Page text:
Ishrat is named after the wonderful yarnie who created the yarn used in my sample hat.
A full set of instructions for Ishrat (from casting on the knittted hatband to seaming up the Tunisian Crochet crown) are available below (and for free on YouTube).
Not a fan of video patterns, or need a little more help?
Not to worry! I have you covered.
You’ll get a fully written pattern pdf free by either purchasing yarn from Ishrat over at Fruitful Fusion or by signing up to my mailing list.
Suggested Yarn: Fruitful Fusion Cashmere/Merino/Nylon sock
Yarn Weight: Light Fingering
Needle size: 4.5
Hook size: 6 mm (J)
Yardage: 310 – 330 yards (280 – 300 m)
Head Circumference: 53 cm / 21 in
(detailed instructions are given in pdf for increasing and decreasing hat size)
This Pattern is Perfect For:
1) Absolute Beginners to both Knitting or Tunisian Crochet
2) Knitters looking to upskill
3) Crocheters looking to show off
4) Bicraftual types
5) Anyone with a special skein of sock yarn lying around and a few hours to spare.
6) Anyone in need of a warmer head.
Tension: KNIT Garter Stitch (knit with 2 strands):
30 rows = 10 cm / 4 in
25 sts = 10 cm / 4 in
(Hat Band width = 4.5 cm / 1 ¾ ins)
TUNISIAN CROCHET Simple Stitch (crochet with 1 strand):
16 columns = 10 cm / 4 in
17 sts = 10 cm / 4 in
Notions: Blunt Darning Needle (Bodkin)
Optional Stitch Markers
Crochet terminology available in both US and UK variations
Why I chose this yarn:
When choosing a yarn to go with a pattern, I usually look first for a semi-solid/tonal yarn as I feel that works best both to showcase the gorgeous texture of Tunisian fabric and makes eyelets and more textured stitches really pop.
The tonality of a hand-dye compliments this look well, I feel.
Fruitful Fusion’s colourways drew me in in this respect. I decided to push the boat out a little, though, so I chose a speckled yarn for this hat. My thinking is that a small accessory such as a hat can pull off a more exuberant colourway than I’d select for a shawl.
Second, I look at fibre content.
Here, Fruitful Fusion had just the thing I was after.
I am a big fan of merino wool as it blocks well, wears well and once a piece comes off the blocking mats, relaxes just enough to add bounce to a finished garment. It’s a great all-rounder.
Pure cashmere is a challenge to block; it may look good while pinned to a foam mat, but once released it relaxes back considerably and obscures all your lace-making work. So, on its own, it’s not terribly suitable for lace work. But, choosing a yarn with a little of this fibre included ensures the yarn is perfect for wear around the neck and face. Rougher fibres might cause irritation on sensitive skin, but cashmere is soft as a cloud.
Finding a yarn with a little nylon added too makes sense. Both merino and cashmere can, at times, fluff and bobble, but a yarn blending in a speck of nylon usually wears better. I want this hat to look as good next winter as it will this winter.
Nylon, by the way, is a very common thing to find in sock yarns. In fact, it’s often the case that “sock” really translates as “has nylon in it”. It adds strength to the yarn and resists the tendency for softer fibres like merino and cashmere to wear thin with use.
Thirdly, it’s time to talk about yarn weight
Yarn “weight” refers to the thickness, or thinness of the yarn in question.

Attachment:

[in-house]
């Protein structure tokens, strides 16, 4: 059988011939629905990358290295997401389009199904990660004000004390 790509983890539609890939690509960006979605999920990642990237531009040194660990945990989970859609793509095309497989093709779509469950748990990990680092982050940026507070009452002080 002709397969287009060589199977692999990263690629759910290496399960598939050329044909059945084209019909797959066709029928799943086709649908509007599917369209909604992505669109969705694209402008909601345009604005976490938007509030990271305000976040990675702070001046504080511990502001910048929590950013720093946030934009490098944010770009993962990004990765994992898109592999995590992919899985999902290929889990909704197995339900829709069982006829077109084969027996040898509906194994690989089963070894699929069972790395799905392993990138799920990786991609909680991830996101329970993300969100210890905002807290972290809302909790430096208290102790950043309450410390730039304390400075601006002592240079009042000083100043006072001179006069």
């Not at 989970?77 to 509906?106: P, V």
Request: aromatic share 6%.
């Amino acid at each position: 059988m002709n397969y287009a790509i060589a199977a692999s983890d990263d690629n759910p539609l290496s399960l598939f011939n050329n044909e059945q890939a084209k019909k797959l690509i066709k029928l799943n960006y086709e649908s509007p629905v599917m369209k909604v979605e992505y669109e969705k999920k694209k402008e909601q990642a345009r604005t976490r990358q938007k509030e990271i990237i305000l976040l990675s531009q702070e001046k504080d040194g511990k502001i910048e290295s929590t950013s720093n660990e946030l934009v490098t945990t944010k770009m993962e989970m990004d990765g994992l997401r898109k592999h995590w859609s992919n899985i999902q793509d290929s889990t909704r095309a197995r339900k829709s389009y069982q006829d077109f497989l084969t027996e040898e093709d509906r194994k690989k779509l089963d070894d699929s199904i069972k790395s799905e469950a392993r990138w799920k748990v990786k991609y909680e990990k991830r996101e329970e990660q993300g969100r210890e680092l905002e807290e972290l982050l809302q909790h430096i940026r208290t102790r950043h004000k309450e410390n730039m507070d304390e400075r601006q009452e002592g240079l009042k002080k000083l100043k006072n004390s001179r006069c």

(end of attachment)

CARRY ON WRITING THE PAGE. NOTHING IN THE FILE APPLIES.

In this case, I’ve chosen a yarn that is a “light fingering”. Yea, I giggle at that too. Can’t help myself.
This is a primarily US term, but it is definitely making its way around the globe nowadays. If you can’t find any light fingering yarn in your area, try asking your LYS for a 3-ply yarn instead. It’s a very similar thickness. If all else fails, go in search of a yarn that is recommended for a little more or less than a 2 mm hook or needle.
So, yes, the recommended hook or needle size of this yarn is set at about 2 mm. But as Tunisian crochet can be very dense if you use the hook size on the ball band, and we want a softer, drapier fabric, we increase the hook size considerably to a 6 mm.
Seems like one heck of a leap, but the result is perfect.
7 thoughts on “Ishrat Hat”
looking forward to being a part of your stitching community. I am strictly a beginner with knitting but have crocheted forever. to find a pattern that combines these is a joy. can’t find a way to download the pdf for the pattern however. love Ishrat. happy to see something created in her honor.
The pattern can be entirely done with the videos linked below, but if you’d like something more tangible, the pattern pdf itself can be gotten from both Ishrat herself (if you buy some of her gorgeous yarn), or from me, when you sign up to my Mailing List.
If you click “About” above, you’ll see “Contact”. Click that, and you’ll find my Sign Up form.
I’ll be linking to the Ishrat pattern pdf doanload at the bottom of each newsletter I send out, so you’ll have the download link shortly after signing up.
Just finished my Ishrat hat! I enjoyed making it. Now to block it.
Good luck! If you have the pdf, there’s some handy blocking advice at the end.
I love your point to point instructions – you have a wonderful way of explaining something in a straightforward and easily understood manner. Although an experienced knitter I am new to Tunisian Crochet and very much appreciated your step by step videos! Will start my project with confidence.
I’m so glad you found my instructions helpful!
The Ishrat hat pattern was my introduction to Tunisian crochet and in my view it was the perfect introduction. I’m a visual learner and find it a challenge to grasp written instructions when tackling a physical skill for the first time. The series of YouTube videos were absolutely wonderful for helping me associate the physical actions of working with yarn and hook to the written instructions. I’m on my second Ishrat hat and counting.